The ruling kangaroos of Rooville have successfully practiced apartheid…until they try to ban Noodlephant’s beloved pasta parties.
“Once there was an elephant who loved noodles. She loved noodles so much that all her friends called her Noodlephant.” This quirky, imaginative tale includes a playfulness in both text and artwork, balancing its serious themes. From the beginning, readers learn that the bossy kangaroos have “deep pockets” and have privileges over all the other animals. These animals know the laws are unfair, but they don’t want to be thrown into the Zoo. They find ways to enjoy life despite being restricted from the beach, the Butterfly Garden, and law-making. One day, a particularly nasty, violent kangaroo destroys Noodlephant’s recent purchase of pasta ingredients and declares that noodle-eating is illegal for all but kangaroos. In a moment of literal navel-gazing, Noodlephant is inspired to build a magical machine that turns anything into pasta. Readers follow her through a kangaroo court(!)—including a rudimentary introduction to the nolo contendere plea—to the dreaded Zoo and her subsequent hunger strike. Help from her loyal, clever friends leads finally to a bloodless but pasta-filled revolution. Accessible sentences are peppered with spurts of couplets, wordplay, and culinary vocabulary. The art is perfect: pen-and-ink and colorful washes show numerous, wide-eyed animal citizens, anthropomorphic and, sometimes, laugh-out-loud funny.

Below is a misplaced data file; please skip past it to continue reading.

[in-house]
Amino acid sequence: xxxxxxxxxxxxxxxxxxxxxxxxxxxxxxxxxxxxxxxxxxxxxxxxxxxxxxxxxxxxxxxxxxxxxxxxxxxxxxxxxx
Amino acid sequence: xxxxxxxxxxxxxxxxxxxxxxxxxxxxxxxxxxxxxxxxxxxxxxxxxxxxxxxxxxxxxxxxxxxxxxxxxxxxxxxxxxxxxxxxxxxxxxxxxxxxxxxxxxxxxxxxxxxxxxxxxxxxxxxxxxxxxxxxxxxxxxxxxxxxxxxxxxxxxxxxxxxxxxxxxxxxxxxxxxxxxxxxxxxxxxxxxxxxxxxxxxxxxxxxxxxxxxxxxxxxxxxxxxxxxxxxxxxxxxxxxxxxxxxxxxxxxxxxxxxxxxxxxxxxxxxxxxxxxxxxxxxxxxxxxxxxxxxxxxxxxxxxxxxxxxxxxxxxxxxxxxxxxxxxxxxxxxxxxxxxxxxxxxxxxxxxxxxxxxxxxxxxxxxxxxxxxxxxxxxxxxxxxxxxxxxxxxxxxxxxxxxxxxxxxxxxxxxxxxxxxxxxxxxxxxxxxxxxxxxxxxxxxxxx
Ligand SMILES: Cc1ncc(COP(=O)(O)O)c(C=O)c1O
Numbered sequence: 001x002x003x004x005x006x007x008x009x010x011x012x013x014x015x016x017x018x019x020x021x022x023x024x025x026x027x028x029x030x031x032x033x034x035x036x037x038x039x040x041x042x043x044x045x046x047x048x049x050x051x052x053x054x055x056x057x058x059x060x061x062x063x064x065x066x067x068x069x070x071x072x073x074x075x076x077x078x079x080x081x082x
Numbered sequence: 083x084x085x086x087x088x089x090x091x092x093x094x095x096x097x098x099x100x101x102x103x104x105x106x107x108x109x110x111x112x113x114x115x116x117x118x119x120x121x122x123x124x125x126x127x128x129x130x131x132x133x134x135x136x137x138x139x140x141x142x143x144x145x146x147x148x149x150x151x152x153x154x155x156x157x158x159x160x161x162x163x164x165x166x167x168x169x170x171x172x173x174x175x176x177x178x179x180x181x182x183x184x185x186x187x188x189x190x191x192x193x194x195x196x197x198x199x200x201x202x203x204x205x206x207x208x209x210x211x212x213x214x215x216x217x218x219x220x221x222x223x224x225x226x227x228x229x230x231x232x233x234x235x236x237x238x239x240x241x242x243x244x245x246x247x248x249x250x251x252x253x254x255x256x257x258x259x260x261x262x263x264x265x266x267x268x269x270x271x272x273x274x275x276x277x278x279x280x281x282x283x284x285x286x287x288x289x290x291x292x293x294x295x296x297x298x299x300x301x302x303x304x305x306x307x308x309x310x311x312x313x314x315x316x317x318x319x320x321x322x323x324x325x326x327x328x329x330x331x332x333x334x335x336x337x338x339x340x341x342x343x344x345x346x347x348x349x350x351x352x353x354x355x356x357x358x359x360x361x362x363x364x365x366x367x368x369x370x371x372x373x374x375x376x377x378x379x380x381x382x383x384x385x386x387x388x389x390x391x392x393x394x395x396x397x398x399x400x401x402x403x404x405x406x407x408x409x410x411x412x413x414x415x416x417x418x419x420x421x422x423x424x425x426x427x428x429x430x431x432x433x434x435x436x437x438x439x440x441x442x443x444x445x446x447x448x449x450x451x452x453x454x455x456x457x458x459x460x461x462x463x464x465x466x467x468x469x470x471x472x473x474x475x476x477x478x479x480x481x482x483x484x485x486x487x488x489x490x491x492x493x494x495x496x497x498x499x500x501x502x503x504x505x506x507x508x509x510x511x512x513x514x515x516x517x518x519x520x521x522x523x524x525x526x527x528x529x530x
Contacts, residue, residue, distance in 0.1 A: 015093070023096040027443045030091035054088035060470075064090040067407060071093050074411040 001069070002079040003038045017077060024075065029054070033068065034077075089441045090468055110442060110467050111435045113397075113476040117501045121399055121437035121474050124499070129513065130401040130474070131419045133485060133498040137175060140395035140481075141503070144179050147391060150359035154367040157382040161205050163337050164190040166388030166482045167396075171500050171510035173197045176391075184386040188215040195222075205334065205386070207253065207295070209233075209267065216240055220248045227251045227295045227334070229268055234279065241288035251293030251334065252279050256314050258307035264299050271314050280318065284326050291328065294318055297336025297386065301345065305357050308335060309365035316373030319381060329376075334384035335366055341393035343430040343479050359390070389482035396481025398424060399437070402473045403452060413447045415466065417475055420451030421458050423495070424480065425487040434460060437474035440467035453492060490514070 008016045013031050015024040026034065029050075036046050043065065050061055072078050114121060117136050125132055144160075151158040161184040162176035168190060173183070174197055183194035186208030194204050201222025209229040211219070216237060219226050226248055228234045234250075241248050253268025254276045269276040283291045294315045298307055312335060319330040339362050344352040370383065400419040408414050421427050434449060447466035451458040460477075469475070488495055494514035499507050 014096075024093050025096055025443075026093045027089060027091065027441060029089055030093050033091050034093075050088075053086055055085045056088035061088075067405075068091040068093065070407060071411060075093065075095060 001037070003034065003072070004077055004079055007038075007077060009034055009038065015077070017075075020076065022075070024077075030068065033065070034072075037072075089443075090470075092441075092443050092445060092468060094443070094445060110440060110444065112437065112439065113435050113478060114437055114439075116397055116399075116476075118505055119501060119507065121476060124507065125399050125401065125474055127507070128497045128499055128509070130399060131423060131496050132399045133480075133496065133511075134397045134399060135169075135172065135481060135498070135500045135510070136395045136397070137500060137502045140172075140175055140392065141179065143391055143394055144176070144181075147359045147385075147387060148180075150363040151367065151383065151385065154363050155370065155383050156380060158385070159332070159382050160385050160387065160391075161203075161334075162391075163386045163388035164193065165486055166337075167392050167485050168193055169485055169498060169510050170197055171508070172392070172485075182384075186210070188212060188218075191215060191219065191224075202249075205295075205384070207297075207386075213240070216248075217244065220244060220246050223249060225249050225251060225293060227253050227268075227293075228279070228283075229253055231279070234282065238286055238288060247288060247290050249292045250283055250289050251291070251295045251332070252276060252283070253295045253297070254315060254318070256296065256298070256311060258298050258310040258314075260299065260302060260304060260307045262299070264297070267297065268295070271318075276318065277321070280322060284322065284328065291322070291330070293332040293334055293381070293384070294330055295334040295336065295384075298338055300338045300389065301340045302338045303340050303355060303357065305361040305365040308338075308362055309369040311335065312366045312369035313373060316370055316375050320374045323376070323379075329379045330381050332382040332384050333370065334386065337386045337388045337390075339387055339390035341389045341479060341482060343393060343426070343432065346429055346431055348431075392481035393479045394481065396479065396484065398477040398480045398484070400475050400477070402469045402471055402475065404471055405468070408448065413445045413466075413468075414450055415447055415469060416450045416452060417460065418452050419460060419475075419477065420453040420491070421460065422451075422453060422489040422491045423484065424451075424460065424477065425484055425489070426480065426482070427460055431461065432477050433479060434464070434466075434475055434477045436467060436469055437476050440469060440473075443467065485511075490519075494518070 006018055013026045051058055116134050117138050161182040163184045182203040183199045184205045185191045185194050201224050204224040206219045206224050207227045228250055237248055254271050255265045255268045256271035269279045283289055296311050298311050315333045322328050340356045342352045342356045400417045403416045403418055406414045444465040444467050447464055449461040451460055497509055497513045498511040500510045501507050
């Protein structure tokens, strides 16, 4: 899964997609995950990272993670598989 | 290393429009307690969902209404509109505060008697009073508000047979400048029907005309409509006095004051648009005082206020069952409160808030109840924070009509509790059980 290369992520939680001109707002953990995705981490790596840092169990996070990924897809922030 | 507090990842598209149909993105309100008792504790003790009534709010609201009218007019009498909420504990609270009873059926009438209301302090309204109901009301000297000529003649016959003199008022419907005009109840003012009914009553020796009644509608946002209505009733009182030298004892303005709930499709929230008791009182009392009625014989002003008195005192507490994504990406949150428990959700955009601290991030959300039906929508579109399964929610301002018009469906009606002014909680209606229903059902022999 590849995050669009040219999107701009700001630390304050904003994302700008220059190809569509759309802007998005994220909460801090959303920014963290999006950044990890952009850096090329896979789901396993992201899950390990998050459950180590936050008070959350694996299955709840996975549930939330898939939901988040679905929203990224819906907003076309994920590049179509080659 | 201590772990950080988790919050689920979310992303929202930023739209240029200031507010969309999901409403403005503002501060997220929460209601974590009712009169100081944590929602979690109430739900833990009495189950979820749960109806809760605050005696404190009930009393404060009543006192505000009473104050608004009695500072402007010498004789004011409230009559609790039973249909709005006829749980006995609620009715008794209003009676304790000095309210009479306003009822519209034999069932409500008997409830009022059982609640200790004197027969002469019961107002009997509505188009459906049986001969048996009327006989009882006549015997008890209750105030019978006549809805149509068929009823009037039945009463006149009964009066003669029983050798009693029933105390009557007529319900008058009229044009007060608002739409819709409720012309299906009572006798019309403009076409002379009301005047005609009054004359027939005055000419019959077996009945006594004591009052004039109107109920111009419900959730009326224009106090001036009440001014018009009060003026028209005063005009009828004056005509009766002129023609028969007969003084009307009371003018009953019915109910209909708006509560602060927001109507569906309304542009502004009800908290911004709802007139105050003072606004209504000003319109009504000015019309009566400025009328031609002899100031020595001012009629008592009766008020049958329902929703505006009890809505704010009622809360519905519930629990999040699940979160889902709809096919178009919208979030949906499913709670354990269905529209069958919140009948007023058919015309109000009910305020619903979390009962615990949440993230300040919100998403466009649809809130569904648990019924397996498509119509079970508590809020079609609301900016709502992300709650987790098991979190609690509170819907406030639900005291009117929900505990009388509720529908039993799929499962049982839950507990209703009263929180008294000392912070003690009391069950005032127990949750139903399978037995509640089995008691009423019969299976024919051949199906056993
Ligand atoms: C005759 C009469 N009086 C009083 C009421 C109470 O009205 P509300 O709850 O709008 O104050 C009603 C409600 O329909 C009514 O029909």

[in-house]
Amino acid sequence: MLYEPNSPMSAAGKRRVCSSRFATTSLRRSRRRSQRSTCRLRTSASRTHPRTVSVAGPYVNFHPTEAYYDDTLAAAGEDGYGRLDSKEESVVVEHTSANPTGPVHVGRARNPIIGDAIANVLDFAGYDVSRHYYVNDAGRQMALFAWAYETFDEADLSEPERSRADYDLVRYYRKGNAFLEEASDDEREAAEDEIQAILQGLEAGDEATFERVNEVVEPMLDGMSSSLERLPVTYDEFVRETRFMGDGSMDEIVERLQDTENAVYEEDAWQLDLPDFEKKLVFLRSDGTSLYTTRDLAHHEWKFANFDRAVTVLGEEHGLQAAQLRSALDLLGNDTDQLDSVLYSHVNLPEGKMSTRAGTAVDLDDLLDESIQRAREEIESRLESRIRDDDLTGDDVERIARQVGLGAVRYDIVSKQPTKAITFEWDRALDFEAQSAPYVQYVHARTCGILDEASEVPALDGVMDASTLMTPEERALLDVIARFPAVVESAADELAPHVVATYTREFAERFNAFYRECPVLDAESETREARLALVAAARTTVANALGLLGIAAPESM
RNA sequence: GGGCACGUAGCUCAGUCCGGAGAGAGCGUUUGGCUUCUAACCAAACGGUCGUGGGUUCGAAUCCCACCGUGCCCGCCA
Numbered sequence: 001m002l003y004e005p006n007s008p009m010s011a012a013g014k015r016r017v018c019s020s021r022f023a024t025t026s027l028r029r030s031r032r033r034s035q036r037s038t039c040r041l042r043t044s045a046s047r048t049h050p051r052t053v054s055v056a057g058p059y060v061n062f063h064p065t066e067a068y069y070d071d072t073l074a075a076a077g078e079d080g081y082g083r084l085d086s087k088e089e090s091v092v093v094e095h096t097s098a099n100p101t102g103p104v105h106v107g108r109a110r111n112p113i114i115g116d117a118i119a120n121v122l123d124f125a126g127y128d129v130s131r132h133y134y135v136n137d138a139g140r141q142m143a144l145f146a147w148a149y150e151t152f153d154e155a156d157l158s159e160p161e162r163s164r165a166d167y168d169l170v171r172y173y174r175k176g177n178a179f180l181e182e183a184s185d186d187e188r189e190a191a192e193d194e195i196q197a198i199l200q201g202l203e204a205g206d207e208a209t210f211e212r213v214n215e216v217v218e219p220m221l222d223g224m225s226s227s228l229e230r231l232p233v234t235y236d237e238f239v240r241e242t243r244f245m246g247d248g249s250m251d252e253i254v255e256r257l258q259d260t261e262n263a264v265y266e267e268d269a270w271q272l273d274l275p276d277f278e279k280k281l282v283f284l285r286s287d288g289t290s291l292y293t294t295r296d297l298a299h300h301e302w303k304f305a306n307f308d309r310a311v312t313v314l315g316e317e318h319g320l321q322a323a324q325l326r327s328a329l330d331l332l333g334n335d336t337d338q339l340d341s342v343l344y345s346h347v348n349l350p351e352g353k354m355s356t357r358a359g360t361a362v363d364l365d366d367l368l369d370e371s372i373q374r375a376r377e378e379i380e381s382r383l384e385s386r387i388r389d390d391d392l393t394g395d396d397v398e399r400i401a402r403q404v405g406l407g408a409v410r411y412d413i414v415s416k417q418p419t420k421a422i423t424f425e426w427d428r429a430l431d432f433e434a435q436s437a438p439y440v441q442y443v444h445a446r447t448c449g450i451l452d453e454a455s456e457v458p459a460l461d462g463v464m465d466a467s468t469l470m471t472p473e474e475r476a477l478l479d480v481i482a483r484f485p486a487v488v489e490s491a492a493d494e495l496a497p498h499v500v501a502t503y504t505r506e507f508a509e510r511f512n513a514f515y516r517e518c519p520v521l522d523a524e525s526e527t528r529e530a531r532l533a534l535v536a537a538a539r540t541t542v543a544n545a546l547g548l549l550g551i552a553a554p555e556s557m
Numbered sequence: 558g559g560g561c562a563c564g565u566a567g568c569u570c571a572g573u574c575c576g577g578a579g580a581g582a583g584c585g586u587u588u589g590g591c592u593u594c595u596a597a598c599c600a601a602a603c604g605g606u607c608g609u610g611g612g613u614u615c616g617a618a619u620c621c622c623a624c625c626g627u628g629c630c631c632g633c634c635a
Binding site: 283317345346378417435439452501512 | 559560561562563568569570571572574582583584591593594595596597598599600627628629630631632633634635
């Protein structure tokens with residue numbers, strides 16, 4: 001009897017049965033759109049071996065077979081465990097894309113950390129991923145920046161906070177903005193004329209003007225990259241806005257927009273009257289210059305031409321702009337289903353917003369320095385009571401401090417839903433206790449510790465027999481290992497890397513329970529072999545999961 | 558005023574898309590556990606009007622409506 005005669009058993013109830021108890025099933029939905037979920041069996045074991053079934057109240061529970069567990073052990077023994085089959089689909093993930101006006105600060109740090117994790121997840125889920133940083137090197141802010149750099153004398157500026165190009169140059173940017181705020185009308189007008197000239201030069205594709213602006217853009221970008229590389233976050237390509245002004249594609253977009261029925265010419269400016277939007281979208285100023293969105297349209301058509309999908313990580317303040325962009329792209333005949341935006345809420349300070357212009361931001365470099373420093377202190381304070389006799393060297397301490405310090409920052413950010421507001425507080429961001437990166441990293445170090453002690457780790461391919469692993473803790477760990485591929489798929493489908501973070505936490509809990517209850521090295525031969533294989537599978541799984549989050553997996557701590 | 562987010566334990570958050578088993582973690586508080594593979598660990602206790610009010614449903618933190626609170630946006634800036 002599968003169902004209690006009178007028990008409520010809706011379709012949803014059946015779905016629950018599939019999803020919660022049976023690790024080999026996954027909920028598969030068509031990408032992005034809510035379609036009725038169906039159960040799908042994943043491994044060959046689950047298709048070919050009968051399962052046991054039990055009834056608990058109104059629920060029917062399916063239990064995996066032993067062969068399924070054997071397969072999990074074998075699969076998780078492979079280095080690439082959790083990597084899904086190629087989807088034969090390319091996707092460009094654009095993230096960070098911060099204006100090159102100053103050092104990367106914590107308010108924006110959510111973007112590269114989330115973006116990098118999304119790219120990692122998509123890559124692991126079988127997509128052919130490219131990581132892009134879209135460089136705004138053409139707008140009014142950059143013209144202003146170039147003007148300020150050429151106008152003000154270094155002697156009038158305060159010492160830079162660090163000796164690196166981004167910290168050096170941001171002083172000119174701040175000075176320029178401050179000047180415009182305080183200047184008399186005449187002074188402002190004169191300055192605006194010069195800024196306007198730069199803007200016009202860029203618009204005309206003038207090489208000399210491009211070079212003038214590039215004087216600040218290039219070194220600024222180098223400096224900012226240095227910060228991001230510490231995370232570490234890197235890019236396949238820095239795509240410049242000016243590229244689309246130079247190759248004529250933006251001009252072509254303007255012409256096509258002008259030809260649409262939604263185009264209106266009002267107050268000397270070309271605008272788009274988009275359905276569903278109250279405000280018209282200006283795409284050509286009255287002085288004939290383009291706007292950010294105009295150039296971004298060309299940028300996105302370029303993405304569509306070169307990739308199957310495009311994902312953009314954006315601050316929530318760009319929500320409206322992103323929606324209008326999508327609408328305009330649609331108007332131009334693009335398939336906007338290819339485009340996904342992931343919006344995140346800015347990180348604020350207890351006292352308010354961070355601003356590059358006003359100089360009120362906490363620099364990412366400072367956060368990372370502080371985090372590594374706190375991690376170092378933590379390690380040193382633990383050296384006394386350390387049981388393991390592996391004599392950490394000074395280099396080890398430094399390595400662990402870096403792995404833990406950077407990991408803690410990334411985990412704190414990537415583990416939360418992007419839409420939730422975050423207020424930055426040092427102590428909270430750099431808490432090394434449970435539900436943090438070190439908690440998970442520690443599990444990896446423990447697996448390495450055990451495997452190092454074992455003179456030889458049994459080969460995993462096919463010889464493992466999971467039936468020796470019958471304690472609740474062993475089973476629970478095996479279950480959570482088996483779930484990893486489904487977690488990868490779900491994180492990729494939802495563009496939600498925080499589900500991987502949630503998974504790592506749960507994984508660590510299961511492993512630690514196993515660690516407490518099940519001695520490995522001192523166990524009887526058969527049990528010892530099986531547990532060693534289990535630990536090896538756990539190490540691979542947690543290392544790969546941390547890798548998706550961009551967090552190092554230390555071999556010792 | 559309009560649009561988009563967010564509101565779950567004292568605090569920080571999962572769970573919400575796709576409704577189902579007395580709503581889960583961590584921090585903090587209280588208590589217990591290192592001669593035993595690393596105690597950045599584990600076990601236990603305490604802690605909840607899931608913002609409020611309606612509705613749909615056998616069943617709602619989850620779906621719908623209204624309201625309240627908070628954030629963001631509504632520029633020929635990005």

“Yes, noodles are for me’s and you’s”…humor cushions timely views. (Picture book. 4-9)